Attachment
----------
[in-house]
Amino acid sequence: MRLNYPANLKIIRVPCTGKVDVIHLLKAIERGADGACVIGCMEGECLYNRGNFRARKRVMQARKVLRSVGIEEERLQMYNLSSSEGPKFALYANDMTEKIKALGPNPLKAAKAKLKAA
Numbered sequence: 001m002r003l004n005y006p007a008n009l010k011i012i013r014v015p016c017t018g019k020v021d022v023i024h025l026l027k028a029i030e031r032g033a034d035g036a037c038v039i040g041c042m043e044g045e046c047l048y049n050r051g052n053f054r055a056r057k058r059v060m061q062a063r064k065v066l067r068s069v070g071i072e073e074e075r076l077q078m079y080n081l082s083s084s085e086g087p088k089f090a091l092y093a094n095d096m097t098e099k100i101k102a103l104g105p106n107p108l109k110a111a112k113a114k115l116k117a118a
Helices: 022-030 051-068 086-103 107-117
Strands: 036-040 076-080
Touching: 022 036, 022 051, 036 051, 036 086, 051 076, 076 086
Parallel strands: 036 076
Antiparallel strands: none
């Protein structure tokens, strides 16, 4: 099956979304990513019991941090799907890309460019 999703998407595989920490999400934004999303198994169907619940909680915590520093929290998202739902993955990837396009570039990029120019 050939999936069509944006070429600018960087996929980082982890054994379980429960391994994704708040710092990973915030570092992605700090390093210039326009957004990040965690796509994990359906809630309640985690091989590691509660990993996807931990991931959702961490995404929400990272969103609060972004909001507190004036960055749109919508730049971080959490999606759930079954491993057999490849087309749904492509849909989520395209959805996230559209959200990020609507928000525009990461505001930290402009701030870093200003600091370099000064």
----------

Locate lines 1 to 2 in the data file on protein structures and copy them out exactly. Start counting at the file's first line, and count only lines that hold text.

[in-house]
Amino acid sequence: MRLNYPANLKIIRVPCTGKVDVIHLLKAIERGADGACVIGCMEGECLYNRGNFRARKRVMQARKVLRSVGIEEERLQMYNLSSSEGPKFALYANDMTEKIKALGPNPLKAAKAKLKAA